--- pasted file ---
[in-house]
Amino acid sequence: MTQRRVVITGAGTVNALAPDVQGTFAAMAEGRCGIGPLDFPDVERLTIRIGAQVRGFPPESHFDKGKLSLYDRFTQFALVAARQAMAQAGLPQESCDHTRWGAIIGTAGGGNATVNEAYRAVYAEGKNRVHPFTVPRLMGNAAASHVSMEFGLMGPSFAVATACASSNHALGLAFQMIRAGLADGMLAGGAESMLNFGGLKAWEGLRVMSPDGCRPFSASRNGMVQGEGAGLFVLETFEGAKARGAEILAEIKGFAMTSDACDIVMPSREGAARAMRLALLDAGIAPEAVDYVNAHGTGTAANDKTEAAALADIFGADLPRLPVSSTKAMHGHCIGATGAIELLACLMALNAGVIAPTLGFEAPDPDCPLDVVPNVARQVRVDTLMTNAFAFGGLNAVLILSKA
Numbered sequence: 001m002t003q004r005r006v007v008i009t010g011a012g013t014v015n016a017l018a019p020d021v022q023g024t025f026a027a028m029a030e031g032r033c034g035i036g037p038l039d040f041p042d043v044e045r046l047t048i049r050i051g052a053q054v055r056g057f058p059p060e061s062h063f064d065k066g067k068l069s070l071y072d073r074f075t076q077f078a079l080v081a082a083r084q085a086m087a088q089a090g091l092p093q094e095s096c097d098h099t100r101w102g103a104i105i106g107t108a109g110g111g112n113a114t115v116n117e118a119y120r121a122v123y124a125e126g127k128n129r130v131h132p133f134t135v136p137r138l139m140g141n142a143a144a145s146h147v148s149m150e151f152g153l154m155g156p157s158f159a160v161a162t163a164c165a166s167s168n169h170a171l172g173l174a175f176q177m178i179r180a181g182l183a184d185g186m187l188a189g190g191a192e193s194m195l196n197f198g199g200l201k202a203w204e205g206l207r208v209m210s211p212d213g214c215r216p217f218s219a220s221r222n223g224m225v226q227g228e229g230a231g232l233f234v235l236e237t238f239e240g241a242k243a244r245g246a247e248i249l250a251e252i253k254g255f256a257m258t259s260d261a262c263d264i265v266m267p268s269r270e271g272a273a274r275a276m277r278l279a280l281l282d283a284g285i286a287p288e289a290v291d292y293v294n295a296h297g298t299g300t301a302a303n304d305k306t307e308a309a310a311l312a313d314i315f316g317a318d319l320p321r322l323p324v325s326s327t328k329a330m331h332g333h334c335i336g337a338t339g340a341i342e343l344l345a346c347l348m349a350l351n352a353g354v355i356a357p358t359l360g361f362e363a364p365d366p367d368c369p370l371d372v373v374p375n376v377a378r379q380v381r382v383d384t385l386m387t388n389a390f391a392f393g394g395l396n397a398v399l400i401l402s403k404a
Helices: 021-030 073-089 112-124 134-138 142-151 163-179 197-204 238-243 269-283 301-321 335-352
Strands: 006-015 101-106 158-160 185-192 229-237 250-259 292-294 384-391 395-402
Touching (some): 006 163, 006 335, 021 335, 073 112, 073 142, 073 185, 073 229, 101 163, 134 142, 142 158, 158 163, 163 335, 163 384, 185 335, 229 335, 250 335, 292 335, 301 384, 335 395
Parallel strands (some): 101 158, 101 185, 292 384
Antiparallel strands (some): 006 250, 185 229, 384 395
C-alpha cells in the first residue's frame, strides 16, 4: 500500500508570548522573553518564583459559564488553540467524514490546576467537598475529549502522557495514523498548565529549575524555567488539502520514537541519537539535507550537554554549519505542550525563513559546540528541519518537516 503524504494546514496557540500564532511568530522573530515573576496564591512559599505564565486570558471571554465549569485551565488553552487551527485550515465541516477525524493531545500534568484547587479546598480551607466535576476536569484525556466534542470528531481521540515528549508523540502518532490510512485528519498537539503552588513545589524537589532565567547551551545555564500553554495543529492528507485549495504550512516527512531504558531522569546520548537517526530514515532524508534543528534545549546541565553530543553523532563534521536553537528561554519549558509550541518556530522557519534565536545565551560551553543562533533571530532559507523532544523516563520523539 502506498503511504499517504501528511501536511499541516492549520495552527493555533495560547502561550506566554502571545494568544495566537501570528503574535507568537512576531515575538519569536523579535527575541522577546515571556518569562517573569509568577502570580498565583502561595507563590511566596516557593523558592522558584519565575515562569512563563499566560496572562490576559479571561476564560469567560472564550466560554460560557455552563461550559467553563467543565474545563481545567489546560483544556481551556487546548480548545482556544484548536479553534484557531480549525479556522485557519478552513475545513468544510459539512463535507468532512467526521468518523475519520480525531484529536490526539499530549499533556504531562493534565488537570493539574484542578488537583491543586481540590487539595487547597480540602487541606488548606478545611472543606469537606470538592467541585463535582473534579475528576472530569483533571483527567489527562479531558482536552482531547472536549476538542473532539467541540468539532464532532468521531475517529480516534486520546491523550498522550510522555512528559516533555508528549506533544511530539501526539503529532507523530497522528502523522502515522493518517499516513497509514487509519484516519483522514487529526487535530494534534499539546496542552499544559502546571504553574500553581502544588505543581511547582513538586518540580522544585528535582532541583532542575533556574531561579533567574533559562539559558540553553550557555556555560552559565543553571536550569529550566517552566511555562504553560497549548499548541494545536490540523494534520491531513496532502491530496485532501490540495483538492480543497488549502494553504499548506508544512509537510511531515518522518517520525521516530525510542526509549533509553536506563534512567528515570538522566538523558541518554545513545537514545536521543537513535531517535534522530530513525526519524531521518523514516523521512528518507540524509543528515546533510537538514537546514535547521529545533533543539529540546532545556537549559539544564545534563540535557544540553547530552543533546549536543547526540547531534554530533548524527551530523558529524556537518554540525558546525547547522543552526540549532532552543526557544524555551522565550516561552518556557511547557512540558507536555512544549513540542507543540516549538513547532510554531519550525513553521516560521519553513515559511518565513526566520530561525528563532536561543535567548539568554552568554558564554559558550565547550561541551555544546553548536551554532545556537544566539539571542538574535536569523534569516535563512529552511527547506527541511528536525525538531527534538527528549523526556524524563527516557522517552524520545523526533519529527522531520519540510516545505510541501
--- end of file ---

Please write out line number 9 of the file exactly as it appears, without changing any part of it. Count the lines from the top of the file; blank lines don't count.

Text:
C-alpha cells in the first residue's frame, strides 16, 4: 500500500508570548522573553518564583459559564488553540467524514490546576467537598475529549502522557495514523498548565529549575524555567488539502520514537541519537539535507550537554554549519505542550525563513559546540528541519518537516 503524504494546514496557540500564532511568530522573530515573576496564591512559599505564565486570558471571554465549569485551565488553552487551527485550515465541516477525524493531545500534568484547587479546598480551607466535576476536569484525556466534542470528531481521540515528549508523540502518532490510512485528519498537539503552588513545589524537589532565567547551551545555564500553554495543529492528507485549495504550512516527512531504558531522569546520548537517526530514515532524508534543528534545549546541565553530543553523532563534521536553537528561554519549558509550541518556530522557519534565536545565551560551553543562533533571530532559507523532544523516563520523539 502506498503511504499517504501528511501536511499541516492549520495552527493555533495560547502561550506566554502571545494568544495566537501570528503574535507568537512576531515575538519569536523579535527575541522577546515571556518569562517573569509568577502570580498565583502561595507563590511566596516557593523558592522558584519565575515562569512563563499566560496572562490576559479571561476564560469567560472564550466560554460560557455552563461550559467553563467543565474545563481545567489546560483544556481551556487546548480548545482556544484548536479553534484557531480549525479556522485557519478552513475545513468544510459539512463535507468532512467526521468518523475519520480525531484529536490526539499530549499533556504531562493534565488537570493539574484542578488537583491543586481540590487539595487547597480540602487541606488548606478545611472543606469537606470538592467541585463535582473534579475528576472530569483533571483527567489527562479531558482536552482531547472536549476538542473532539467541540468539532464532532468521531475517529480516534486520546491523550498522550510522555512528559516533555508528549506533544511530539501526539503529532507523530497522528502523522502515522493518517499516513497509514487509519484516519483522514487529526487535530494534534499539546496542552499544559502546571504553574500553581502544588505543581511547582513538586518540580522544585528535582532541583532542575533556574531561579533567574533559562539559558540553553550557555556555560552559565543553571536550569529550566517552566511555562504553560497549548499548541494545536490540523494534520491531513496532502491530496485532501490540495483538492480543497488549502494553504499548506508544512509537510511531515518522518517520525521516530525510542526509549533509553536506563534512567528515570538522566538523558541518554545513545537514545536521543537513535531517535534522530530513525526519524531521518523514516523521512528518507540524509543528515546533510537538514537546514535547521529545533533543539529540546532545556537549559539544564545534563540535557544540553547530552543533546549536543547526540547531534554530533548524527551530523558529524556537518554540525558546525547547522543552526540549532532552543526557544524555551522565550516561552518556557511547557512540558507536555512544549513540542507543540516549538513547532510554531519550525513553521516560521519553513515559511518565513526566520530561525528563532536561543535567548539568554552568554558564554559558550565547550561541551555544546553548536551554532545556537544566539539571542538574535536569523534569516535563512529552511527547506527541511528536525525538531527534538527528549523526556524524563527516557522517552524520545523526533519529527522531520519540510516545505510541501